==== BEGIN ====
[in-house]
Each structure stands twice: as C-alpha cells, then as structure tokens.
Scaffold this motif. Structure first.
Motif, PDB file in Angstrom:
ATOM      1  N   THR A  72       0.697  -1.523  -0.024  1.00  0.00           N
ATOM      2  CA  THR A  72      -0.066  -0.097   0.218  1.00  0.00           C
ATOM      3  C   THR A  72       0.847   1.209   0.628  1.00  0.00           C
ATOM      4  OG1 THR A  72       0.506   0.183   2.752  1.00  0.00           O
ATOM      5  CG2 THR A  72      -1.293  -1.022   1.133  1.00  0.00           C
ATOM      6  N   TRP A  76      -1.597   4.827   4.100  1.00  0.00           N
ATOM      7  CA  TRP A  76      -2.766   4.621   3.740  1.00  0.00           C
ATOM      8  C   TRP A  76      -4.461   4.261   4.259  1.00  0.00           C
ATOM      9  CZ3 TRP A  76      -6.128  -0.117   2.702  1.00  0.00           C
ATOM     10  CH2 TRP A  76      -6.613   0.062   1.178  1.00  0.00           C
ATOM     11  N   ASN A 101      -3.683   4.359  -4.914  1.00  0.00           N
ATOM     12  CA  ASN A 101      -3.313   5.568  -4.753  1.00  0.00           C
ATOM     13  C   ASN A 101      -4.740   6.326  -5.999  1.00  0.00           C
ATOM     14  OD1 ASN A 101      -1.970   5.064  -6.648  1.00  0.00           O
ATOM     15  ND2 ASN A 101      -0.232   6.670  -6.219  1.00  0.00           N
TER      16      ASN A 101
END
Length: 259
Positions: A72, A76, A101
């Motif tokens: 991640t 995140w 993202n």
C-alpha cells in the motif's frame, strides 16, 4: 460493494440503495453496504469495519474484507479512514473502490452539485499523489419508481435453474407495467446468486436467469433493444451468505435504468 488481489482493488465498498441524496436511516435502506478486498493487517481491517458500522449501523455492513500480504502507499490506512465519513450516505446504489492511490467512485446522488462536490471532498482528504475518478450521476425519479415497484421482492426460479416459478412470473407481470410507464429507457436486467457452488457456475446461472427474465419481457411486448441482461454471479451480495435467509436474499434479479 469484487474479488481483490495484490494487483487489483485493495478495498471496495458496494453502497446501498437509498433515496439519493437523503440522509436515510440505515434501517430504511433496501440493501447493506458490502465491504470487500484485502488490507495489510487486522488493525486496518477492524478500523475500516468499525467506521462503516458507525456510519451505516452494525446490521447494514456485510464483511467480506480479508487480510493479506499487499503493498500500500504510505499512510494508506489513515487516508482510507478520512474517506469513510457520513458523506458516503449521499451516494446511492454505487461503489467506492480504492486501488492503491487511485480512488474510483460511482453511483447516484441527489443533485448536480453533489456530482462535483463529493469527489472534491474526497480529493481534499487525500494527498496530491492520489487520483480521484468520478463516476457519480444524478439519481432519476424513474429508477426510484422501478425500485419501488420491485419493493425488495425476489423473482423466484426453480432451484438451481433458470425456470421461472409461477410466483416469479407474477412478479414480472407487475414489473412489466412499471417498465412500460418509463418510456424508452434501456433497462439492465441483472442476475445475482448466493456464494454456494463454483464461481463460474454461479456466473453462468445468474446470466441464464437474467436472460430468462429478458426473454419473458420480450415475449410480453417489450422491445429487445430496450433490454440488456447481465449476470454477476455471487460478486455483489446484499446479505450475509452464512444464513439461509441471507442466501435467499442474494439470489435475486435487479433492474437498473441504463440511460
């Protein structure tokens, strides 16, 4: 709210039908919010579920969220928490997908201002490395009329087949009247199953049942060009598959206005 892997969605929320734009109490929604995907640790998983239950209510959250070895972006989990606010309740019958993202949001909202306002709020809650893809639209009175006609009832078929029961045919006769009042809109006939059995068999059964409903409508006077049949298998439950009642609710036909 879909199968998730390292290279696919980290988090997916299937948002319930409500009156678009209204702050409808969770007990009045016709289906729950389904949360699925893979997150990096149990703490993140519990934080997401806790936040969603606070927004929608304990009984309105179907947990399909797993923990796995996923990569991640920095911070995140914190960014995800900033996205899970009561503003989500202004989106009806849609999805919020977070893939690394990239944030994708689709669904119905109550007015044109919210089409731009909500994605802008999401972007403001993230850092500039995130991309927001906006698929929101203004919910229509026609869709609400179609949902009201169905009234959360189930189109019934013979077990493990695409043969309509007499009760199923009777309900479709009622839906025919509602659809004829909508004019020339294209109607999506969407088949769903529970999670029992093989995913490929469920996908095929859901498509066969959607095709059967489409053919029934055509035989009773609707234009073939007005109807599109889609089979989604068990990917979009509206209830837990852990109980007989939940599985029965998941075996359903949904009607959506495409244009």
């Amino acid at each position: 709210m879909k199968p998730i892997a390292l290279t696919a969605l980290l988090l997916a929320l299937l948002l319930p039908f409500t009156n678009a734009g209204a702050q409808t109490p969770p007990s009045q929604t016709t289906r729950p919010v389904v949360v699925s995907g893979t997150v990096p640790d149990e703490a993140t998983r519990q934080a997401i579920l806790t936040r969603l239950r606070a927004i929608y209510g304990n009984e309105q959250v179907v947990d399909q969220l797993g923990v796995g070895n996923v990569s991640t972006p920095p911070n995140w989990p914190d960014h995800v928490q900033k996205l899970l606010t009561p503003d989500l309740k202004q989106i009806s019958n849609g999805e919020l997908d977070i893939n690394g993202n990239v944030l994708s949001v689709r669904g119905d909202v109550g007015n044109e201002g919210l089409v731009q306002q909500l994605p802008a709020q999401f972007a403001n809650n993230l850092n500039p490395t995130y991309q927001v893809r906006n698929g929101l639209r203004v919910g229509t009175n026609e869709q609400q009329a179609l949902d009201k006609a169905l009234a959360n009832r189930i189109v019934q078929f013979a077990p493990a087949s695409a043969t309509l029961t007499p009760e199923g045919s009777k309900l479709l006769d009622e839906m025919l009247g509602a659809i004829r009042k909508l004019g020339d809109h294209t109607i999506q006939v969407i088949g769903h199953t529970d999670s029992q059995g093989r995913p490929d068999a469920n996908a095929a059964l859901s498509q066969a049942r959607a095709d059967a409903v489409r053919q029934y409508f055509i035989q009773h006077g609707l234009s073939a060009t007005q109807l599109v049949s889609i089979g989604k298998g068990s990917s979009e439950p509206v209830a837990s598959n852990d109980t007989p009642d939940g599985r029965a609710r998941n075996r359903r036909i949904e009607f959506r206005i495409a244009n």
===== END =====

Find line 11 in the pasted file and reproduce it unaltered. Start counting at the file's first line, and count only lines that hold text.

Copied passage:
ATOM      7  CA  TRP A  76      -2.766   4.621   3.740  1.00  0.00           C